In other words, your body starts sweating without any explicable reason (like feelings of anxiety, hot temperatures, or exercise). This kind of hyperhidrosis can occur at any given time or during any season of the year, even if the person is not physically warm or is completely at rest. “Primary hyperhidrosis is most commonly seen in the underarms, palms, and soles of the feet,” says Dr. Bhanusali.
Other less-common areas where primary hyperhidrosis’s excessive sweating can pop up include the head, back, and even the face. So basically, it can pretty much happen anywhere on your body.
Secondary hyperhidrosis, on the other hand, is excessive sweating that’s caused by an external factor such as medication or illness, like a tumor, diabetes, or thyroid issues.
Of these two types, there are also different degrees of hyperhidrosis that experts differentiate between: mild, moderate, and severe. “If you sweat through a shirt when you are at rest in normal temperature, I would say that is moderate hyperhidrosis,” Dr. Talakoub says. “If you have sweat dripping down your hands and through your socks [when you’re] at rest with no [other] triggers, then that is severe hyperhidrosis.”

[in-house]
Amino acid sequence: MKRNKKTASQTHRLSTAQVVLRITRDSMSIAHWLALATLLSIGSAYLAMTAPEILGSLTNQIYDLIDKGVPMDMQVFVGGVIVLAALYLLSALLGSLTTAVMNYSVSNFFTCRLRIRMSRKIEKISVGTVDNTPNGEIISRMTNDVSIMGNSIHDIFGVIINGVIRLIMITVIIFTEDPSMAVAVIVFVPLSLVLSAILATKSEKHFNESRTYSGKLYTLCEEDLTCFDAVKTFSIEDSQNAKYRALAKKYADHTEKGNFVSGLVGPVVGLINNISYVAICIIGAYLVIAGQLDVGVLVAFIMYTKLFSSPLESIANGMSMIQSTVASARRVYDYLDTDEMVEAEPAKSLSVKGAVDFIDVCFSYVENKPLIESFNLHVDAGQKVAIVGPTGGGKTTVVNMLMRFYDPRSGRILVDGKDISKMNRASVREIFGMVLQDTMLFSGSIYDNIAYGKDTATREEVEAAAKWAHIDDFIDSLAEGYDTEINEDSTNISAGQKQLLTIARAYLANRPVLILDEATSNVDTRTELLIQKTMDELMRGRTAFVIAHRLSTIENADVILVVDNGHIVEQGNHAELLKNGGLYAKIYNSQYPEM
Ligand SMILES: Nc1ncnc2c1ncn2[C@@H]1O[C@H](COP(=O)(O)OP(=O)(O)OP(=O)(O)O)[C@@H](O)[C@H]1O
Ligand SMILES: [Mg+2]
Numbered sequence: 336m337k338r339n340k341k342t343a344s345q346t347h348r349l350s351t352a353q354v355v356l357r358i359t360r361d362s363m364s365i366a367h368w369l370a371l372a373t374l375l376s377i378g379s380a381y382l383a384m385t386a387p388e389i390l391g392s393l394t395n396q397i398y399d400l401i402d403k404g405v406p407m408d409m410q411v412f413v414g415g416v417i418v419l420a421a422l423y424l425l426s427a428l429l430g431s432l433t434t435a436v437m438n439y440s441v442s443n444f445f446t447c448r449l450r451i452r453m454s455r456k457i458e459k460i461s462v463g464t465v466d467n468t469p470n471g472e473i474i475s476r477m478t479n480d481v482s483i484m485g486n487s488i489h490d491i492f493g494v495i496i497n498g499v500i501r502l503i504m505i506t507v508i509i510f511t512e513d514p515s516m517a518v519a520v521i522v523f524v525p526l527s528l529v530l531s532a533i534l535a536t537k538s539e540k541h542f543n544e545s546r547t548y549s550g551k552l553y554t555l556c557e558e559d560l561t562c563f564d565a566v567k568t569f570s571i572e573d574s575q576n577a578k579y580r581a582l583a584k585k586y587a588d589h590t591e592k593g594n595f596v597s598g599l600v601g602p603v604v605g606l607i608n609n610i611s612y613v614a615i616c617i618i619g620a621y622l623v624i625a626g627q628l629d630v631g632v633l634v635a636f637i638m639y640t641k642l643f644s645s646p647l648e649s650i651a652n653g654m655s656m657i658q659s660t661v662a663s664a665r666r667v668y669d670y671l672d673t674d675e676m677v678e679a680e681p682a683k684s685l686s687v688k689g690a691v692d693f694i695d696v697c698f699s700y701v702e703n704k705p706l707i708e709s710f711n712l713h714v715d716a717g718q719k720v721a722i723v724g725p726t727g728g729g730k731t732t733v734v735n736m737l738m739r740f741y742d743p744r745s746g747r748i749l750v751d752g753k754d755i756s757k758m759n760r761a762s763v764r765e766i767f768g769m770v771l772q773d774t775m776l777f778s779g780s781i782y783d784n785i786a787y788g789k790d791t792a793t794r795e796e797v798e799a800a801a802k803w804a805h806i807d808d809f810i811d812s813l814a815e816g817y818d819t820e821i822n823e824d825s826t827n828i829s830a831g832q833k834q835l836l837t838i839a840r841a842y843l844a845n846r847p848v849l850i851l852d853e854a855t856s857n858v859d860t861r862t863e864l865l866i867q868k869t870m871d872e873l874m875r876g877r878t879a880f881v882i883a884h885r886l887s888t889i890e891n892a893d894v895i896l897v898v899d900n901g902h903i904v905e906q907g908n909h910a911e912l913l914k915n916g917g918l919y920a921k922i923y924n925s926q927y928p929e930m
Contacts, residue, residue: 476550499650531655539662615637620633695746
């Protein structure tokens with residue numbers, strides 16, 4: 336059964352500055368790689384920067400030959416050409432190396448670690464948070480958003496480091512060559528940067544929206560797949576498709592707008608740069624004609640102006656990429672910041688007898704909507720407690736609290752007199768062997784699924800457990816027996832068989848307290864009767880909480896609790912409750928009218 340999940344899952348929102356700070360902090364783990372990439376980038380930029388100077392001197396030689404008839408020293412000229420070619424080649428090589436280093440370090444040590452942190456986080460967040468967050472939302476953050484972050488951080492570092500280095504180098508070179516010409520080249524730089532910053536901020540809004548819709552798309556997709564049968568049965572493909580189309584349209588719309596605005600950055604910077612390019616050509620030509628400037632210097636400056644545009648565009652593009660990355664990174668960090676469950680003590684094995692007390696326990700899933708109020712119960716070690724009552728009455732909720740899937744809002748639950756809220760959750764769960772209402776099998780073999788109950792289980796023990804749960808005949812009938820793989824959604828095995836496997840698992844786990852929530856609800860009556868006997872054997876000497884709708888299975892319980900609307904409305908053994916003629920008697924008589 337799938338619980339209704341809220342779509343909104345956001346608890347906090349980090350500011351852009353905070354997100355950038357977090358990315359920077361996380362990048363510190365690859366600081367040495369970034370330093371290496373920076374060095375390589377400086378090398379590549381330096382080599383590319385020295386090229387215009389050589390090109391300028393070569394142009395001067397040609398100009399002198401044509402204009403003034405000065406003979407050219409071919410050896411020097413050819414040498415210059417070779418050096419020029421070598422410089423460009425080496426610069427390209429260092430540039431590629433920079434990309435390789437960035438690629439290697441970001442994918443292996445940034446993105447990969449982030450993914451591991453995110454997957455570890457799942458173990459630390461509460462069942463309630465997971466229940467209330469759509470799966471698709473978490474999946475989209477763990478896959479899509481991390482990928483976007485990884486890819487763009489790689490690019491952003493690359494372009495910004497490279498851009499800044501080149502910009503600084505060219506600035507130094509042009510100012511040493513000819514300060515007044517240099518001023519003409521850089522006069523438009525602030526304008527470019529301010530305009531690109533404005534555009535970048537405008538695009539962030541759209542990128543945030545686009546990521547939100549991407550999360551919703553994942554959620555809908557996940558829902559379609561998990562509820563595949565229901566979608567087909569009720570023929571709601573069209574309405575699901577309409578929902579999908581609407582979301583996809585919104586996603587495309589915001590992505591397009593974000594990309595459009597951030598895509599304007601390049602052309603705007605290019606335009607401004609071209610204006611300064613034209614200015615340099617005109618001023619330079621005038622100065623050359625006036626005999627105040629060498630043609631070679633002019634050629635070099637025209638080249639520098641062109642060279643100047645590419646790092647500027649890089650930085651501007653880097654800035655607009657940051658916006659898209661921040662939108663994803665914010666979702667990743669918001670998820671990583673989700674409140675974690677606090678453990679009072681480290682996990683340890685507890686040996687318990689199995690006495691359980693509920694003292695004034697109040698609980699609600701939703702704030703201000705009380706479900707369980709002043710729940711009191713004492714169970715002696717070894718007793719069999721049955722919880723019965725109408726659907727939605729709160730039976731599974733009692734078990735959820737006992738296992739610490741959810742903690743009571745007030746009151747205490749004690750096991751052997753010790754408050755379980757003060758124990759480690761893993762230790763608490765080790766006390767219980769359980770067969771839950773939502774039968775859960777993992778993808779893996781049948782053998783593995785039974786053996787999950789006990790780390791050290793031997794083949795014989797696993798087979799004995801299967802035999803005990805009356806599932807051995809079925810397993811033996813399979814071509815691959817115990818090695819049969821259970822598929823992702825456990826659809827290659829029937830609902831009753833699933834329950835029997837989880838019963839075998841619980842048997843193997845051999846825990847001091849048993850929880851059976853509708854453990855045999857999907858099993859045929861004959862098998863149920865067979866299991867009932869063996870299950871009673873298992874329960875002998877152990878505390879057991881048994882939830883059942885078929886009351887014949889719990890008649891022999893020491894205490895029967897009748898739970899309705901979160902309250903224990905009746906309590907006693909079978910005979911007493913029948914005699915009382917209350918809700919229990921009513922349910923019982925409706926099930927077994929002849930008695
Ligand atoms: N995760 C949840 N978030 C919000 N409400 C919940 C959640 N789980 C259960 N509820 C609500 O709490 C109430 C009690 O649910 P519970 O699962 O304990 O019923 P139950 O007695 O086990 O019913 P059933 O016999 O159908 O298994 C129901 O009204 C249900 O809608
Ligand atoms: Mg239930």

What’s the difference between normal vs. excessive sweating?
Of course, the next question then becomes: What’s the threshold between normal and worrisome sweat levels? Are there any other symptoms to look out for that don’t involve perspiration?
“Excessive sweating, or how someone perceives it, is very personal in that what might be excessive to you is normal or not troubling to somebody else,” explains Lyall Gorenstein, MD, surgical director at Columbia University Hyperhidrosis Center.
Because sweat is not really a quantifiable thing, like blood pressure, it’s really complicated to measure someone’s sweat levels throughout any given day. With enough time and “sophisticated equipment” called an evaporimeter — which measures the rate of water evaporation — it is doable, but even so, “there’s a big variability in how much people sweat under similar situations,” Dr. Gorenstein says. “So, it’s hard to define exactly what hyperhidrosis is, but it could be something along the lines of increased amounts of sweating, which causes social or personal embarrassment, withdrawal, and/or avoidance behavior.”
That is to say, hyperhidrosis is a relative disorder and most people diagnose it themselves. For someone whose job depends on their physical appearance, like an actor or a performer, sweating too much may be a bigger deal than for someone who works from home. But it’s also a matter of personal comfort levels.
How is hyperhidrosis treated?
Good news: There are many hyperhidrosis treatment options, including topical creams, injections, and oral medications. What your physician prescribes will likely depend on the area where you’re experiencing hyperhidrosis as well as the severity.